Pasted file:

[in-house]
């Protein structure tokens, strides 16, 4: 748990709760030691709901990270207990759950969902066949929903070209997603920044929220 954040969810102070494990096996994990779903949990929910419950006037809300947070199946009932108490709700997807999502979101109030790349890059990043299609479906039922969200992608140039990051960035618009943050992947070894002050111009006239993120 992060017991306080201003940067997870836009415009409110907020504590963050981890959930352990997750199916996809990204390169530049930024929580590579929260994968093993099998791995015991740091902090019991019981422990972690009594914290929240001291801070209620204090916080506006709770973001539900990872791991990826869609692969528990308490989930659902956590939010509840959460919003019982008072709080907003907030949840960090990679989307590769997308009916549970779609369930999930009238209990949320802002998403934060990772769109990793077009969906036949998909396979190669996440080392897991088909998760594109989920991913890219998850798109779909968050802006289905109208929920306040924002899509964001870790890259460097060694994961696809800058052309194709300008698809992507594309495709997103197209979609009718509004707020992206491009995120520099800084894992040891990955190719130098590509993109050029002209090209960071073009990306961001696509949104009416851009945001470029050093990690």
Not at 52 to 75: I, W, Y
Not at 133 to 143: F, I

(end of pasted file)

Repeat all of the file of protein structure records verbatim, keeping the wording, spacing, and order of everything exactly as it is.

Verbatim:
[in-house]
């Protein structure tokens, strides 16, 4: 748990709760030691709901990270207990759950969902066949929903070209997603920044929220 954040969810102070494990096996994990779903949990929910419950006037809300947070199946009932108490709700997807999502979101109030790349890059990043299609479906039922969200992608140039990051960035618009943050992947070894002050111009006239993120 992060017991306080201003940067997870836009415009409110907020504590963050981890959930352990997750199916996809990204390169530049930024929580590579929260994968093993099998791995015991740091902090019991019981422990972690009594914290929240001291801070209620204090916080506006709770973001539900990872791991990826869609692969528990308490989930659902956590939010509840959460919003019982008072709080907003907030949840960090990679989307590769997308009916549970779609369930999930009238209990949320802002998403934060990772769109990793077009969906036949998909396979190669996440080392897991088909998760594109989920991913890219998850798109779909968050802006289905109208929920306040924002899509964001870790890259460097060694994961696809800058052309194709300008698809992507594309495709997103197209979609009718509004707020992206491009995120520099800084894992040891990955190719130098590509993109050029002209090209960071073009990306961001696509949104009416851009945001470029050093990690």
Not at 52 to 75: I, W, Y
Not at 133 to 143: F, I